Beat from a 2.8 mile, 1000 foot climb up Mt. Ambler

Here Alex shows off his battle scar from a high speed crash on the trail.

Some days he is up for some long distance treks on the AT, and other days are more ideal to explore a smaller area. The unofficial trail that leaves Greenbrier Road and follows Rhododendron Creek up to the Grapeyard Ridge Trail is a great place to ramble around and focus on the little things. There are a dozen cascades as well as lots of small scale scenery to ponder. Despite it being 1 mile long, it probably took us the better part of a day to complete. Perfect.

Taking a closer look on the Rhododendron Creek Manway

Danger Danger Danger

For the last three years, my interest in doing the Russell Fork race has always been pleasantly squashed by the fact that Linville has run solidly and we re-direct to the high country's version. But this year, there was no love as far as gulf moisture goes, so we took a second family trip up to the Fork. The race was fun, despite me practicing my roll several times, and we had another great weekend with beautiful leaves in the air and water. This trip we tried the Lower for the first time and it was short, but really scenic. The big rapid was trickier than I thought too. Alexander and I ended up sneaking down the right.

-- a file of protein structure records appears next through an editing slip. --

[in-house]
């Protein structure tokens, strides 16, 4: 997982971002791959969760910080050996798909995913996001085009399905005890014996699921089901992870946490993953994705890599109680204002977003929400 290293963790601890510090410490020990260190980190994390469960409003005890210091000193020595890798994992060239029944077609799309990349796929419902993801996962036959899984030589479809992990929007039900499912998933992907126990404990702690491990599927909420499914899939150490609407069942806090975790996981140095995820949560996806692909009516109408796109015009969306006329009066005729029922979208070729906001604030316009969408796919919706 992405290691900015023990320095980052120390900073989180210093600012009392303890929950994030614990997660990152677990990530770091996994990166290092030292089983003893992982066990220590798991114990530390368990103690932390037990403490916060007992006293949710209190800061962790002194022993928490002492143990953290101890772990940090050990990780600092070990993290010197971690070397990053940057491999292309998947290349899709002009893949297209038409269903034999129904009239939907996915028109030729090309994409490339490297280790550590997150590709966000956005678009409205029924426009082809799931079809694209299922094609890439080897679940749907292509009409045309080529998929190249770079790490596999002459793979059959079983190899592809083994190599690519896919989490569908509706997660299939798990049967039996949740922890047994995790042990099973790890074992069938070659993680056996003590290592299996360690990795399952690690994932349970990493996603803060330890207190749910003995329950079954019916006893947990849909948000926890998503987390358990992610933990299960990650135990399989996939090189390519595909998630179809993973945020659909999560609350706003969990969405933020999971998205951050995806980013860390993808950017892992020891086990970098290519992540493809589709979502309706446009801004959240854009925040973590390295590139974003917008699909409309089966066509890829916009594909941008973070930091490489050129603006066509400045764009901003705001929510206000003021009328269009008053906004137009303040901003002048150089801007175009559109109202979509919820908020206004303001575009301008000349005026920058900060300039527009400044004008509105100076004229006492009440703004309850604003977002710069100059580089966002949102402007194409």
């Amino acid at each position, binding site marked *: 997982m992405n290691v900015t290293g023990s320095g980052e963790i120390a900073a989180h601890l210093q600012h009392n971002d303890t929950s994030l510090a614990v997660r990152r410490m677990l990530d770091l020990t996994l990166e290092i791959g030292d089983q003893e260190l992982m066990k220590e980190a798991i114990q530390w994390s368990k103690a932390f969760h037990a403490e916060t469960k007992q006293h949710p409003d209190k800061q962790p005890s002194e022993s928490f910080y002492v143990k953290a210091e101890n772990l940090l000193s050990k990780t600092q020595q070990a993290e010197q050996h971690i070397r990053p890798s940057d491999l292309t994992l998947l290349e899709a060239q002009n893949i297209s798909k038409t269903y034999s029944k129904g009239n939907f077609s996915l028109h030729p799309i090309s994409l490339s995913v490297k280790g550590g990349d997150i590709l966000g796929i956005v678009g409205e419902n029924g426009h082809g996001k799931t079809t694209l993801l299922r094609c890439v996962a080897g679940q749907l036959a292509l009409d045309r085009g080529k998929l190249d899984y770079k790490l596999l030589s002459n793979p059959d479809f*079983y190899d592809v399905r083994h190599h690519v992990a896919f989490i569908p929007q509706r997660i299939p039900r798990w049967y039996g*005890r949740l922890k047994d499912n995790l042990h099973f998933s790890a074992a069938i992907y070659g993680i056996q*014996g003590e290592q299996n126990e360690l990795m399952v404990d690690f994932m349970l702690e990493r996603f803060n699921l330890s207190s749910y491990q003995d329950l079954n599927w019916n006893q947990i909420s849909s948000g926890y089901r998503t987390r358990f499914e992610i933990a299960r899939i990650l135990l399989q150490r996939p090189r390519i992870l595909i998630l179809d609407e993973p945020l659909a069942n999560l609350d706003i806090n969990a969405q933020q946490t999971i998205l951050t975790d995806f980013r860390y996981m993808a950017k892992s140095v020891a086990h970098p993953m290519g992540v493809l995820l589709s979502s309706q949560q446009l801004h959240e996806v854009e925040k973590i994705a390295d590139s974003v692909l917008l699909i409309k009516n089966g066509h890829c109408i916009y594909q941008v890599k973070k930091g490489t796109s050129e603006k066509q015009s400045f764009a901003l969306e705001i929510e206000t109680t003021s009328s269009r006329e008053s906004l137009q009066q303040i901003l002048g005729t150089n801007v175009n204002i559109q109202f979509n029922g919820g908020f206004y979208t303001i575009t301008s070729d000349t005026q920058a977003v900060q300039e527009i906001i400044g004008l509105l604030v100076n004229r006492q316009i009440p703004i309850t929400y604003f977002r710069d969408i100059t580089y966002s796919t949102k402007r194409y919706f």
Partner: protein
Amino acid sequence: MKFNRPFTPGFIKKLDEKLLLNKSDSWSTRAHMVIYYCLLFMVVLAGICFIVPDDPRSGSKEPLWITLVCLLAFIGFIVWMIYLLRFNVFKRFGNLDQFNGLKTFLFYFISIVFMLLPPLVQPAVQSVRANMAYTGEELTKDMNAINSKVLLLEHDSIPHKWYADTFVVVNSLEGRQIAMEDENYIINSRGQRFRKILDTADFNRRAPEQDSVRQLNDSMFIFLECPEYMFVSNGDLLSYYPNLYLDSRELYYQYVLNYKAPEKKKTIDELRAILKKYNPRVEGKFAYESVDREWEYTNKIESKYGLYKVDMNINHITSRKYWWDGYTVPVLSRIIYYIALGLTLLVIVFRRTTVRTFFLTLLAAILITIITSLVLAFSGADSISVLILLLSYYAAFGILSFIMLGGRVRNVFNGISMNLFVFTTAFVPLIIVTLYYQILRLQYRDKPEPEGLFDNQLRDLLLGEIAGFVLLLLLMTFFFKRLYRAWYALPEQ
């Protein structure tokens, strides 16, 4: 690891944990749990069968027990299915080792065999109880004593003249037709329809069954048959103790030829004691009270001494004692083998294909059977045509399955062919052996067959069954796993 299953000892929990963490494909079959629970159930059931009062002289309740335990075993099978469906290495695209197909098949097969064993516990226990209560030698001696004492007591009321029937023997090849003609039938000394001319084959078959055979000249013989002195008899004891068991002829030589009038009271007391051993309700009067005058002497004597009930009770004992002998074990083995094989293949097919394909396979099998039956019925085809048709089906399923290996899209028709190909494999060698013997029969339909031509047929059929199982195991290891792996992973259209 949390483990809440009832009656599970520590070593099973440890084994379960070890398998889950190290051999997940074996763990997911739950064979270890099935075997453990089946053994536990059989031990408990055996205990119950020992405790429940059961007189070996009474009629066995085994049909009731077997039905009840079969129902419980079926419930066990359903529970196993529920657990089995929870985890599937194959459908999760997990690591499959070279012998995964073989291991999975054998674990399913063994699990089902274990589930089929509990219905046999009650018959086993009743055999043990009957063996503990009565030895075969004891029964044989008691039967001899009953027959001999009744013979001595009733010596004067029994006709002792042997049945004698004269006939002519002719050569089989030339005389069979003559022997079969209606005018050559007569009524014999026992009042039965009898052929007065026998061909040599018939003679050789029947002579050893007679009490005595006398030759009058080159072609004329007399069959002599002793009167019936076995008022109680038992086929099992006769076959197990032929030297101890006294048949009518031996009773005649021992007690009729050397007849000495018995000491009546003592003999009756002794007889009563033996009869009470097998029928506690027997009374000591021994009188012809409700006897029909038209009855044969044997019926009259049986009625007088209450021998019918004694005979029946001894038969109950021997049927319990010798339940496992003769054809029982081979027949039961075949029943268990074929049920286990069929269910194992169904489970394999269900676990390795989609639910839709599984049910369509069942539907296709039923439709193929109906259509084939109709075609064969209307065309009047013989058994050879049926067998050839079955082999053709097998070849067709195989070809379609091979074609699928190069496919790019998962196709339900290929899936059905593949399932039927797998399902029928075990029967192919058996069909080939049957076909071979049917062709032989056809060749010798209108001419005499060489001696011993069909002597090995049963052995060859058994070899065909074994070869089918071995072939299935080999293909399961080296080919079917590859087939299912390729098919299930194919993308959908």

Charles throwing down at the hole

Laura shredding the mighty Meatgrinder on the Lower

Fall at the Russell Fork is hard to beat.

After the Russell Fork, and one more low key race on an obscure creek that isn't really worth mentioning, the fall boating season was over for the most part. November was pretty warm, and we got some good days in the Smokies, and then it got cold.